Iran-Pakistan gas project: U.S. no, Russia yes

Analysis Materials 20 September 2012 14:42 (UTC +04:00)
Pakistan lives in an energy crisis
Iran-Pakistan gas project: U.S. no, Russia yes

Azerbaijan, Baku, Sept 20 /Trend /

Azer Ahmedbeyli, Trend analytical centre expert

Pakistan lives in an energy crisis. The country faces an acute shortage of energy resources which greatly hinders its economic development. Implementation of the Iran-Pakistan gas project could really help Pakistan's economy, but the question largely depends on the positions of the great powers.

According to the Pakistani newspaper The Express Tribune, Russian and Pakistani representatives discussed Russia's possible participation in the Iran-Pakistan gas pipeline construction project (Pakistan's section) during a meeting in Islamabad on the level of the joint intergovernmental commission. The Russian side expressed its desire to help Pakistan to overcome its energy crisis and stressed Russian Gazprom's readiness to participate in financing the project.

A meeting of the Russian-Pakistani commission was of a preparatory nature ahead of President Putin's visit to Pakistan in October. It is planned to sign a number of major agreements with Pakistan and it is assumed that the Iran-Pakistan gas pipeline project will be one of them.

Half the energy resources consumed by Pakistan fall to natural gas. So far, the country produced and consumed its own gas without importing it from other countries.

In 2011, Pakistan extracted 39 billion cubic meters of gas and consumed the same volume. However, the home grown amount is not enough to ensure the normal functioning of the Pakistani economy. According to Pakistani sources, at present, up to 10 billion cubic meters of gas per year are required now. In 2014-15, this figure will increase to 25.7 billion cubic meters a year. A year later, it will amount to 30.8 billion cubic meters and in 2017 the supply deficit will reach 36 billion cubic meters a year.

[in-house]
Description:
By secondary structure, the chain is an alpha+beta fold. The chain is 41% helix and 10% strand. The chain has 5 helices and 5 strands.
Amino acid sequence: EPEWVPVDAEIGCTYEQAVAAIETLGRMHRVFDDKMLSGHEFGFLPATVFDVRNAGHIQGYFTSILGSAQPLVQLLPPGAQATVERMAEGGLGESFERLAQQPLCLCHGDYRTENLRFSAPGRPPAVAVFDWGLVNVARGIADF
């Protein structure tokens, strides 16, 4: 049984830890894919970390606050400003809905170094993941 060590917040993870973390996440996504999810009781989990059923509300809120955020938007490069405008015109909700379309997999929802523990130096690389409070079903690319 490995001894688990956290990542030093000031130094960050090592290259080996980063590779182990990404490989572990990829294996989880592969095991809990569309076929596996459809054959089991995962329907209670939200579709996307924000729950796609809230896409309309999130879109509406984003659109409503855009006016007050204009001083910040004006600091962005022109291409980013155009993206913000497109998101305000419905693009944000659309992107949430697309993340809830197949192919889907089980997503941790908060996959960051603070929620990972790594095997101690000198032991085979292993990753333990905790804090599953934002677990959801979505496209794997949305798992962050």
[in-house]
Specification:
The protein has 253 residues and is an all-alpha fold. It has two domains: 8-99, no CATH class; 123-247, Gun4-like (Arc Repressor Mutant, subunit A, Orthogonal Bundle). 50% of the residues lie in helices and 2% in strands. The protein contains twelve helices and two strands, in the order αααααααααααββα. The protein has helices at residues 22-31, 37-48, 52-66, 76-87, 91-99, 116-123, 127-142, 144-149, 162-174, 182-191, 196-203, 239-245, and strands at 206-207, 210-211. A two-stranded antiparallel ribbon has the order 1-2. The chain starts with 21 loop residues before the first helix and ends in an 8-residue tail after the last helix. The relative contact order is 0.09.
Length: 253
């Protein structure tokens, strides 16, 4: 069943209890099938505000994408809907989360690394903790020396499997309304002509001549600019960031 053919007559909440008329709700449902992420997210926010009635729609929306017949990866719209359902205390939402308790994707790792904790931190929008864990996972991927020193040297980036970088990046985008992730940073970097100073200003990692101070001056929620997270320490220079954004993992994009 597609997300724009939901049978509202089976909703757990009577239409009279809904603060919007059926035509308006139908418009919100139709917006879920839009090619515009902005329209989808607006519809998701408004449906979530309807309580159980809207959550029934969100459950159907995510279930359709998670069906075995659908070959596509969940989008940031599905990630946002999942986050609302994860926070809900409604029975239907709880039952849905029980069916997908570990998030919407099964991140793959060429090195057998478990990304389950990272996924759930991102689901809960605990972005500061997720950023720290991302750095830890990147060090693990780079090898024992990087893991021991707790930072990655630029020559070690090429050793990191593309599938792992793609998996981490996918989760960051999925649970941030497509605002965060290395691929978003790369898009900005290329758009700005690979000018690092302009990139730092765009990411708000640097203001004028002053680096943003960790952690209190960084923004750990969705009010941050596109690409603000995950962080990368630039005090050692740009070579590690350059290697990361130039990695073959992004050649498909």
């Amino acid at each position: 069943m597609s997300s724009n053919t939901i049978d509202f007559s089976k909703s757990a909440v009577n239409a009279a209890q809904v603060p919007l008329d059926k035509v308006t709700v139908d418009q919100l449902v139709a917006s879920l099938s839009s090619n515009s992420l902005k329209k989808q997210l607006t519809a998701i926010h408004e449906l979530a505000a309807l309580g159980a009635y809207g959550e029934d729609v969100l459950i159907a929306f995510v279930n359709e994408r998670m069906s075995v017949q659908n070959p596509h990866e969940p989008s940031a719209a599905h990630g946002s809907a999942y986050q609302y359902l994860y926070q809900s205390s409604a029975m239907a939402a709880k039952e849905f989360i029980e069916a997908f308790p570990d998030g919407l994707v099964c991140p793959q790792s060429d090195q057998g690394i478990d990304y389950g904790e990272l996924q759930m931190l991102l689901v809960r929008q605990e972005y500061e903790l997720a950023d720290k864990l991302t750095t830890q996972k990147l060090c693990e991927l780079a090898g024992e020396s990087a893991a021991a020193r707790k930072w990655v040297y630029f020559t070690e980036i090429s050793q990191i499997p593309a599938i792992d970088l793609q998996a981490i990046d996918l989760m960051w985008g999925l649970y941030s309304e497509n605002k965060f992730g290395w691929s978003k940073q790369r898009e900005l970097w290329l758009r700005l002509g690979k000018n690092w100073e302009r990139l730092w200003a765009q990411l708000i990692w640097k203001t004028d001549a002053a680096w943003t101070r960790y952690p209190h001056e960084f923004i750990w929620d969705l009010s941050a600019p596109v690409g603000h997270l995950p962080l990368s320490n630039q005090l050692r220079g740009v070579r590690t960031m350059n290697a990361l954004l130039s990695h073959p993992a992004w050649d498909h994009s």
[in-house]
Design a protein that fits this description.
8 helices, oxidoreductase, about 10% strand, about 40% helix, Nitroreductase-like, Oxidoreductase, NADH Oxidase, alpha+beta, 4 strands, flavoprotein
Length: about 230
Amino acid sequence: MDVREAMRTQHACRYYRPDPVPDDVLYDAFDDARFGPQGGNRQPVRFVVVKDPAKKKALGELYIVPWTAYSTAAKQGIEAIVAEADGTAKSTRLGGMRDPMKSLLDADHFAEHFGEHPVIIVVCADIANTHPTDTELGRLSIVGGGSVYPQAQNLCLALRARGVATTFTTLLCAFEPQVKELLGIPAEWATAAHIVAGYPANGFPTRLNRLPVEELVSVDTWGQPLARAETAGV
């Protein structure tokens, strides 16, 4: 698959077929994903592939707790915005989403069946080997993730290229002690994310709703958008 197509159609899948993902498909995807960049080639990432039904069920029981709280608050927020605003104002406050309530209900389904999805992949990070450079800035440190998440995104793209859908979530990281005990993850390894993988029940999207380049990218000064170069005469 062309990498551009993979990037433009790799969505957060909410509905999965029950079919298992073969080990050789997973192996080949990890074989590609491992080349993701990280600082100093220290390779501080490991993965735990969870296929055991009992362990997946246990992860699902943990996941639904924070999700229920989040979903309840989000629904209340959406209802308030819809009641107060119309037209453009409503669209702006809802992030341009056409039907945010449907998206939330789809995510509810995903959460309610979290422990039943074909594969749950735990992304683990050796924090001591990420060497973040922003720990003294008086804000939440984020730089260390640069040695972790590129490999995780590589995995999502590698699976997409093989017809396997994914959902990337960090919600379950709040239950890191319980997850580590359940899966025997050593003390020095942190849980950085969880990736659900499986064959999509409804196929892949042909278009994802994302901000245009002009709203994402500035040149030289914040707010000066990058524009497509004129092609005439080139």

Besides the acute need for gas, Pakistan is in a position close to critical due to a lack of funds for the construction of its part of the project in terms of limited time. According to the contract, the Pakistani section worth $1.5 billion must be constructed and a full-scale exploitation of the gas pipeline must be launched by late 2014. If the terms are violated, Islamabad will have to pay huge fines to the Iranian side which is completing the construction of its section of the pipeline.

Everybody has an interest in this game.

Pakistan is trying to ensure gas supplies as soon as possible for the needs of its economy which is suffocating from a lack of energy resources. Pakistan's leadership stresses its firm determination to complete the construction of a pipeline from Iran by all means as the Iranian gas is much more accessible now, than the Turkmen (TAPI project). This does not mean that the Turkmen gas will be superfluous. These figures testify to the fact that Pakistan will need it in the short term prospect.

Taking into account the recently discovered huge gas reserves, Turkmenistan is trying to enter new markets. The Turkmenistan-Afghanistan-Pakistan-India (TAPI) pipeline project looks very promising. Something was done to promote it. An inter-state agreement between the participating countries was signed in 2010. Turkmenistan signed a memorandum of understanding with Afghanistan in May 2012. The purchase-sale agreements of Turkmen gas were signed with the State Gas Systems of Pakistan and Indian GAIL ltd.

According to many experts, the main obstacle for the project is the security in the Afghan section of the route. Potential investors are hesitant to finance the construction without serious guarantees which no one can offer.

However, Turkmenistan is holding a series of world road-show business trips to attract investment for the TAPI project construction in the three largest financial centres of the world - New York, London, Singapore these days.